By Blanca Rodríguez Piedra and Andrés González
MADRID (Reuters) - Spain on Friday threatened Argentina with retaliation if it nationalized oil major Repsol's YPF operation, raising the stakes in a long-running row over production at the Argentine unit.
Spain's secretary of state for EU affairs Inigo Mendez de Vigo warned that Argentina would become "an international pariah" if it were to go through with such plans.
"I think that if it happens, it would be very bad news for everybody, but also for Argentina because in the international community we live in, breaking the rules bears a cost," he said.
YPF, Argentina's largest oil and gas company which provides 25 pct of Repsol's operating profits, has been under fierce state pressure to raise production as costly fuel imports eat into Argentina's trade surplus.
A proposal by YPF to boost investment to a record 15 billion pesos ($3.4 billion) was rejected as inadequate by the Argentinean government.
"If a (nationalization) decision were taken it would be very negative for Spanish interests and the duty of this government is to defend Spain's interests with all its might," Deputy Prime Minister Soraya Saenz de Santamaria said after a weekly cabinet meeting.
"If the government had to take measures it would, without a doubt," she said.
Speculation has swirled for weeks that the Argentine government could take or buy a stake in YPF or even nationalize it.
An expected announcement by President Cristina Fernandez failed to materialize on Thursday.
Spain's foreign minister on Friday summoned Argentina's ambassador to Madrid to seek clarity on the government's intentions on YPF and invite the country to return to the negotiating table.
PRESSURE ON ARGENTINA
However, other companies and countries have found it difficult to pressure Argentina on similar matters.
The South American country has been blocked from issuing international debt since its default a decade ago and has failed to pay compensation awards in disputes involving investors.
In March, U.S. President Barack Obama said he would suspend trade benefits for Argentina because of its non-payment of settlements ordered by a body of the World Bank.
The European Commission said its delegation in Argentina had expressed concerns to the Argentine government over reports of the possible nationalization.
Fernandez nationalized private pension funds and the nation's flagship airline in 2008.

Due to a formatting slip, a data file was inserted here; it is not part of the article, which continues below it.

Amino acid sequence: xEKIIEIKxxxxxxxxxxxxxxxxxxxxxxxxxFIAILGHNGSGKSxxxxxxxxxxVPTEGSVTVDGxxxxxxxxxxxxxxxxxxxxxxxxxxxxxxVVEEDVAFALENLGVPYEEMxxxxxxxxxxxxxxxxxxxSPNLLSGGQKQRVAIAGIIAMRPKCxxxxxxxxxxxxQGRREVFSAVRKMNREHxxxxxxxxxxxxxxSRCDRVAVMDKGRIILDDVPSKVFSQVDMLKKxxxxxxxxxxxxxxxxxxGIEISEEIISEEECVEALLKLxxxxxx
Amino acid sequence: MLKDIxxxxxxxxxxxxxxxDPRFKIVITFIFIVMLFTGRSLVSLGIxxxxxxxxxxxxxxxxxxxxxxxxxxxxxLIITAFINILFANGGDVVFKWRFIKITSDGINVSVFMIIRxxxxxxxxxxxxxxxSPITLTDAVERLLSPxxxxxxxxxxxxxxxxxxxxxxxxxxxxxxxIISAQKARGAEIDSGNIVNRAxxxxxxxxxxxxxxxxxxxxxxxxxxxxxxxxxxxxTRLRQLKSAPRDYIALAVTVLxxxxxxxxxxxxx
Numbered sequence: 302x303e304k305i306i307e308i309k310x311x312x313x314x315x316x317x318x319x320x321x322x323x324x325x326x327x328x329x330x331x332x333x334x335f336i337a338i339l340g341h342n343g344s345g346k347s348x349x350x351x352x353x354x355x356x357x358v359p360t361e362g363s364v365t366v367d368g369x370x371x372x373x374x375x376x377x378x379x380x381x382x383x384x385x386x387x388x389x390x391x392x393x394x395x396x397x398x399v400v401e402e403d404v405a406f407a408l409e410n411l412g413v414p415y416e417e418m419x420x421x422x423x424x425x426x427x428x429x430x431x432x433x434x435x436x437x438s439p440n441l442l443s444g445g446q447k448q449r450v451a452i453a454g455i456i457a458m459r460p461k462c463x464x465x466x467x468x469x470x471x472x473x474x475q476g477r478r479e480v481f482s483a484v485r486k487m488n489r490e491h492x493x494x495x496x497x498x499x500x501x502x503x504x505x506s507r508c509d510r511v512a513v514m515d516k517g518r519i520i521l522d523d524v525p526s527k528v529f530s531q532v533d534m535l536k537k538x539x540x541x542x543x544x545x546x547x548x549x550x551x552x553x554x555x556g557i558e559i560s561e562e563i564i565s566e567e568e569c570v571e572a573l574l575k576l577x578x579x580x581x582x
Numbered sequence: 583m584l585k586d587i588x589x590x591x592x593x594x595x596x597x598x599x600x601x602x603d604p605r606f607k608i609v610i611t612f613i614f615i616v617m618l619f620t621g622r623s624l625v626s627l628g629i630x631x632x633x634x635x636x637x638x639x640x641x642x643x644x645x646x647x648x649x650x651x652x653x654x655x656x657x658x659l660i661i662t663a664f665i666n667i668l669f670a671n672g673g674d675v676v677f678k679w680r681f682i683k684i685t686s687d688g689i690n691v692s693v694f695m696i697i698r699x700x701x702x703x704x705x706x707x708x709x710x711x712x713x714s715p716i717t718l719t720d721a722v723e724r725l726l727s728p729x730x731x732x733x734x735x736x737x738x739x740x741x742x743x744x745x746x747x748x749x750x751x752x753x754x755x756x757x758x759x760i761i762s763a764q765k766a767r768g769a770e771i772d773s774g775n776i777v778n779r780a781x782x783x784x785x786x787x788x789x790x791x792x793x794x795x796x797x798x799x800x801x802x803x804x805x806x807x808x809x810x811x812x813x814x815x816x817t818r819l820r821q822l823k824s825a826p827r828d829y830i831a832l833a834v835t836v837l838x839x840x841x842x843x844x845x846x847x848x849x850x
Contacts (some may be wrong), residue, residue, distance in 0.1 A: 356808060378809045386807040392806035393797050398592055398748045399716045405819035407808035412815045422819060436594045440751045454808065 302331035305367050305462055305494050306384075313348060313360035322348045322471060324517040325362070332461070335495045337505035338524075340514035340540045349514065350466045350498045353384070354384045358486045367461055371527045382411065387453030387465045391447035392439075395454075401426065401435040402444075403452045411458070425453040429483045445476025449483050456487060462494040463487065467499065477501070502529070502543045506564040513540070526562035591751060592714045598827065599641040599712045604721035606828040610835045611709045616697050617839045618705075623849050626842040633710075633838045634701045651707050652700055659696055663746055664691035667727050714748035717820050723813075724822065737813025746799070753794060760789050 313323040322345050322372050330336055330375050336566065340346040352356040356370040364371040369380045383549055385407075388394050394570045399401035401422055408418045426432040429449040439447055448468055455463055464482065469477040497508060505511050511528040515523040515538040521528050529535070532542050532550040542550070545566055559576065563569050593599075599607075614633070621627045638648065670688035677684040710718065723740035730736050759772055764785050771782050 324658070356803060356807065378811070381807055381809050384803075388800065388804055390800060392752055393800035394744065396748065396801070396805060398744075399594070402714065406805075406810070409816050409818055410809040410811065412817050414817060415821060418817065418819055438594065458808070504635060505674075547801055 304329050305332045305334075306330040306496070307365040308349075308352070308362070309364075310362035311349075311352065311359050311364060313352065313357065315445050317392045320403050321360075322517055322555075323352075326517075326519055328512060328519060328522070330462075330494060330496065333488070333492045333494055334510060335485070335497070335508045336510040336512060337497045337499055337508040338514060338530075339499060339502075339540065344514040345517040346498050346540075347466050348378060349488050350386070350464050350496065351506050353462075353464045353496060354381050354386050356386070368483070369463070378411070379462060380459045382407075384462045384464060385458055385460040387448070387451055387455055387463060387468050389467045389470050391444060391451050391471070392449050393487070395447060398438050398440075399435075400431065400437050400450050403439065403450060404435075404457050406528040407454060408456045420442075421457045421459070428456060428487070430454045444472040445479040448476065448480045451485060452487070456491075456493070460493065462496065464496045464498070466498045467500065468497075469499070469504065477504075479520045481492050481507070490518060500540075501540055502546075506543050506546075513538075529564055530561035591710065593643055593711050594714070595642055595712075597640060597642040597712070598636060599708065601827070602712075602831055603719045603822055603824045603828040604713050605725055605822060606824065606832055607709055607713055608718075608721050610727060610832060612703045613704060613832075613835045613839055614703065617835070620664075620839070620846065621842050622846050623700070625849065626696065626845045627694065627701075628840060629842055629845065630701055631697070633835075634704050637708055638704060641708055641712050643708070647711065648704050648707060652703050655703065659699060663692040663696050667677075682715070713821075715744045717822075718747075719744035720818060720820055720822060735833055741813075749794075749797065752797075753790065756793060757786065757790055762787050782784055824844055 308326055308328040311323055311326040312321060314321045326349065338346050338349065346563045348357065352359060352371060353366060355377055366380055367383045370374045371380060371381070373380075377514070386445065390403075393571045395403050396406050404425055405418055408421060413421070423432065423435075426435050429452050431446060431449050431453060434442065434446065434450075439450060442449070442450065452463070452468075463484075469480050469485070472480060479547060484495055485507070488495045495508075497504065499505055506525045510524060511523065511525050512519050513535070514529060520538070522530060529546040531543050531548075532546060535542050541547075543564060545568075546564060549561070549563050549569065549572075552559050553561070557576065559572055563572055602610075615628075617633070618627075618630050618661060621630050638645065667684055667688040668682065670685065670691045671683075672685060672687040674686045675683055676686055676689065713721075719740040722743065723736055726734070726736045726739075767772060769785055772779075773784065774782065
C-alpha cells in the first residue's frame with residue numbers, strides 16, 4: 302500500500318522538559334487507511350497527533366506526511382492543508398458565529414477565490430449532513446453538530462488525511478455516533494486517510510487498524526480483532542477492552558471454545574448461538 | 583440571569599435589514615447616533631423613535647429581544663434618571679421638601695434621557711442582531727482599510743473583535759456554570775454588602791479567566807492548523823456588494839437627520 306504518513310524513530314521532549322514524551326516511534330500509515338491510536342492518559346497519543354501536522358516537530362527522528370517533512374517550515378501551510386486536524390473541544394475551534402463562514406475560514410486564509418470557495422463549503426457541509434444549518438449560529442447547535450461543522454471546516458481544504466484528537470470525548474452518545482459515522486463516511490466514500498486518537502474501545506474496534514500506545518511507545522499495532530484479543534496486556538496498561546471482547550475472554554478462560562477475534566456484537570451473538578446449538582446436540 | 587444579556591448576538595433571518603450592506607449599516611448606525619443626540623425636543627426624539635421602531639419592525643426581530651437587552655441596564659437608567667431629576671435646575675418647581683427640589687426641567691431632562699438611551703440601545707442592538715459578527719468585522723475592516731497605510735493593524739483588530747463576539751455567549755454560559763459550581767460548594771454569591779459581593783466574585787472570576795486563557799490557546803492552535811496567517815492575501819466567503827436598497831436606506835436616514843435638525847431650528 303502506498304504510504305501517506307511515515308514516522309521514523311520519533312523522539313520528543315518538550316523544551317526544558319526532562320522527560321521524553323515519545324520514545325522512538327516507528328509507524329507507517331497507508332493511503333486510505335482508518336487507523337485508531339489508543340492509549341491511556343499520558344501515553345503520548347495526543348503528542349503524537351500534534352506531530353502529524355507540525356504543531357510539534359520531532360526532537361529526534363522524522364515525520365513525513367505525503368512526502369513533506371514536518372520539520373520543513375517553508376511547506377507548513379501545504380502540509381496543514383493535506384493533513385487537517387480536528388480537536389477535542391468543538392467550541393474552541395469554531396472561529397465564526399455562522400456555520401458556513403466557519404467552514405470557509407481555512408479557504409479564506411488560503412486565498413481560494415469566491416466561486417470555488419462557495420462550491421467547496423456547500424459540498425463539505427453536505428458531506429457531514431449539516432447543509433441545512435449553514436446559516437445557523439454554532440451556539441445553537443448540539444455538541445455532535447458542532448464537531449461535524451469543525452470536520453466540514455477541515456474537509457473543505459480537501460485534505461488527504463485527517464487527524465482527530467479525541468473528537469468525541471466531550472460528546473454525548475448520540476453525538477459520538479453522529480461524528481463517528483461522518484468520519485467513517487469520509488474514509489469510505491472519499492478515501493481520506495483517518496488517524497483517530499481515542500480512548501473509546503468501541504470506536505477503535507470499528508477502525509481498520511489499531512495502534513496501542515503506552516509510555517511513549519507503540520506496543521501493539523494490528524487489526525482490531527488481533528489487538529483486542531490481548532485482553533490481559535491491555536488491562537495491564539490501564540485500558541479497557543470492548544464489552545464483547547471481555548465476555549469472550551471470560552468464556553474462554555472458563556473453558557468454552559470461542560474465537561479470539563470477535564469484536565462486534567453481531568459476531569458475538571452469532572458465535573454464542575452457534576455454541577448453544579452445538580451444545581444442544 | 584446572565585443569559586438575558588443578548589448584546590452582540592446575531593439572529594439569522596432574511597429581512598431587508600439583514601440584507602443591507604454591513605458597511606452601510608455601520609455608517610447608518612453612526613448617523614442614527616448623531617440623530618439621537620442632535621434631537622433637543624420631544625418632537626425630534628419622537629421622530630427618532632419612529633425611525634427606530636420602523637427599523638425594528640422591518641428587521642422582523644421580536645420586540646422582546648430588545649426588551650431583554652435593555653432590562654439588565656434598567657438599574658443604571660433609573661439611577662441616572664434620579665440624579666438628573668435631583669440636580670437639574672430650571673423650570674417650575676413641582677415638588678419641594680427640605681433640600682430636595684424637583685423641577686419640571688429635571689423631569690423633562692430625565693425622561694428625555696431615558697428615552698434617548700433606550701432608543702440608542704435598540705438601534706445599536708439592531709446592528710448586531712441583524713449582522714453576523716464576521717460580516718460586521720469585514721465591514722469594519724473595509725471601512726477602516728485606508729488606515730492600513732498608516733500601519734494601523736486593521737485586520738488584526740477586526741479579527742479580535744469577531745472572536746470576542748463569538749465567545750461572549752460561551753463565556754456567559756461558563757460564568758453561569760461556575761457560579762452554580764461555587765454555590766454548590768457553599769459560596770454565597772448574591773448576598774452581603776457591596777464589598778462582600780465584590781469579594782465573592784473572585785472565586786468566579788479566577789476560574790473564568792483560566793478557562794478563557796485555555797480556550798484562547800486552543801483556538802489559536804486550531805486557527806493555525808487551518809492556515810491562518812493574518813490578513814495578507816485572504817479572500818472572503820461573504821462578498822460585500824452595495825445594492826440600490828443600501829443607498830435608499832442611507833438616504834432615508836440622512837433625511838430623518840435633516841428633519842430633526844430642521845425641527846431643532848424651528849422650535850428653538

ALL IN THE PRICE?
Some media said Fernandez would unveil her plan for YPF on Thursday evening, but she met with the governors of energy-producing provinces privately and made no statement afterwards.
"We analyzed in depth the revocation of fields (operated by YPF). Everything is under review, but there is no bill," the governor of Jujuy province, Eduardo Fellner, told Reuters after meeting with the president.
Repsol said in a statement on Friday it had not received any notification from the Argentine government regarding its 57 percent stake in YPF.
While some analysts said even a zero evaluation of YPF was already in Repsol's share price, the uncertainty that lies ahead was still weighing on shares on Friday, which lost over 2 percent to 17.50 euros by 1330 GMT.
YPF's shares are down about 27 percent since January 1, meaning that Repsol may struggle to get a fair price for any stake, despite the recent discovery of shale oil in the Vaca Muerta area that could potentially double YPF's output within a decade.
Receiving cash for expropriated assets may also take years and come in below expectations, as seen by Venezuela's nationalization payment to Exxon in January.
On the bright side, any money received could be invested in new markets where Repsol has made finds such as Brazil and West Africa.
Repsol, which was previously focused on refining, bought YPF in 1999 for exposure to higher margin upstream oil and gas production, a strategy which failed when Argentine politics led to price controls, putting returns for output well below international levels.
(Additional reporting by Julien Toyer in Madrid and Tom Bergin in London; Writing by Tracy Rucinski; Editing by David Cowell)